Save the Redwoods League
Redwood Roundup

The Latest Stories from our Giant Thoughts blog

Watching Ferns in the Redwoods for Signs of Climate Change
by Deborah Zierten

The sword fern, one of the most common redwood forest plants, has become prominent in my life over the past few years. This is mostly due to the League’s Fern Watch project, which monitors the health of sword ferns throughout the redwood range. Even though these ferns are common, little is known about their ecology and how they respond to climatic change.

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Fern Watch volunteers at Purisima Creek Redwoods Preserve.

Pleasant Surprises at Portola Redwoods State Park
by Patricia VanEyll

Whenever we decide to go hiking, we always do research to find out a bit about the park first. Just little things such as location, how long it will take us to get there, accessibility, and, of course, what the weather will be like. In doing so, we will often come across interesting facts such as trees of some notoriety, but our number one criterion is the variety of trails because it does no good to go to a park if there are no trails suitable for me to hike. For these reasons, Portola Redwoods State Park fit our criteria.

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Condor Chick Signals Hope for the Future
by Madeleine Turner

This summer proved to be momentous for the recovery of the California condor. Joe Burnett and Amy List, biologists at Ventana Wildlife Society, located the nest of two condors, #538 and #574, inside a hollowed-out coast redwood in Big Sur. Over the years Burnett watched these two birds, nicknamed Miracle and Nomad, as they fledged and grew up in the wild. Now, they’re raising their own chick — the first chick, since the 1980s, born to parents who were not raised in captivity.

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An endangered California condor keeps protective watch over its chick in a nesting cave. Photo: John Brandt/USFWS

My First Encounter with the Giants
by Aidan Conway

The fresh, salty air hung heavy as I wound my way south along the coastal highway with expansive vistas of the Pacific Ocean stretching across and meeting the blue sky infinitely far away. I’m on my way to see the giants I’d dreamed about since I was a kid. Could it be true? Entire cars driving through a tunnel in a tree trunk? No way.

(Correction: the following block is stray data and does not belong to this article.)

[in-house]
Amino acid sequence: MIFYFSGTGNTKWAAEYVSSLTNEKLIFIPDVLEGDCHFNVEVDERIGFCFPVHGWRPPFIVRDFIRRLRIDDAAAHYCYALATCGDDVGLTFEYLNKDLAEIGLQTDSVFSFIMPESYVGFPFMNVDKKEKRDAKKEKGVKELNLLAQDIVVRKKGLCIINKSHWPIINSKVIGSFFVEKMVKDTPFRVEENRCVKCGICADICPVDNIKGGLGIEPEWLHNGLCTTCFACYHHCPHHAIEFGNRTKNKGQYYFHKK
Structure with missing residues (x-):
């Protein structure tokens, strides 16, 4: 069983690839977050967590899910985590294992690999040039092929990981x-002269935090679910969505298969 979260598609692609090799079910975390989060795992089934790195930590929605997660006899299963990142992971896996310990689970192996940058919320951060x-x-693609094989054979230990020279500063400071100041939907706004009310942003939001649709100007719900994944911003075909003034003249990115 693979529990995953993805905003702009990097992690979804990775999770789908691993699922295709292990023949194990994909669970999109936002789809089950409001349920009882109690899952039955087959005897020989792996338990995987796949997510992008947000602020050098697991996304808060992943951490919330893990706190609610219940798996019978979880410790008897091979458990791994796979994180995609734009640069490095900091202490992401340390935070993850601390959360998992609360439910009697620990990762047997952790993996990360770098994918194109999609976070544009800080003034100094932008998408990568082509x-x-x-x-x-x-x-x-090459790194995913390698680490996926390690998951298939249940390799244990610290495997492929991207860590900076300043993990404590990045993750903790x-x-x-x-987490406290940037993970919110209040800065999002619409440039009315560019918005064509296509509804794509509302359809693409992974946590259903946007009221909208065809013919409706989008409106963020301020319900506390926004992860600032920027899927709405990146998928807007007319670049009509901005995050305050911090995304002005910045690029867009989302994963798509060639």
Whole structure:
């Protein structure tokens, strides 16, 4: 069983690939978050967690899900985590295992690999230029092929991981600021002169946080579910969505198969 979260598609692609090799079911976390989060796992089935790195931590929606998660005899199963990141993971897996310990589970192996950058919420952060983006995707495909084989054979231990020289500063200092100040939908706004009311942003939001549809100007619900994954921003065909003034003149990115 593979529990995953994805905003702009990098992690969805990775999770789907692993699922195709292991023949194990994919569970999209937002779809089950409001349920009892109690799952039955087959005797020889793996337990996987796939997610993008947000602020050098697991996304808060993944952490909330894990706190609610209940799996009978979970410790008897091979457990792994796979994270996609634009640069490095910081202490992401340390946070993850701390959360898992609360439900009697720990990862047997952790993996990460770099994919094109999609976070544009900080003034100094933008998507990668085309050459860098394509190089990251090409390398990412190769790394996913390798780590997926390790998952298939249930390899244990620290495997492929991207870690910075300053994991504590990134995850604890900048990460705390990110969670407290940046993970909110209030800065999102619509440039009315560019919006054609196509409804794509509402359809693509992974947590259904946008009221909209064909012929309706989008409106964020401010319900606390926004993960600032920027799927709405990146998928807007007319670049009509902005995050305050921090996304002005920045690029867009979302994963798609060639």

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Aiden Conway visit the redwood forest for the first time.

A Once in a Lifetime Opportunity in the Sequoia
by Martin Martinez

On July 15-16, 2017, Latino Conservation Week was in full swing and we had the privilege to participate in visiting this beautiful national park with a group of city youth, young adults and youth leaders ranging from different backgrounds and ages from Los Angeles.

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Latino Conservation Week 2017. Photo courtesy of Hispanic Access Foundation

A Mountain Lions’ Perspective: Humans Are Terrifying
by Madeleine Turner

A few years ago, Justine Smith, a researcher with the Santa Cruz Puma Project, observed an interesting pattern; in human-populated areas, mountain lions killed more prey but spent less time feeding. Researchers weren’t sure why, but they suspected it had to do with lions’ fear of people.

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A glimpse of a mountain lion caught by wildlife cameras on the San Vicente property.

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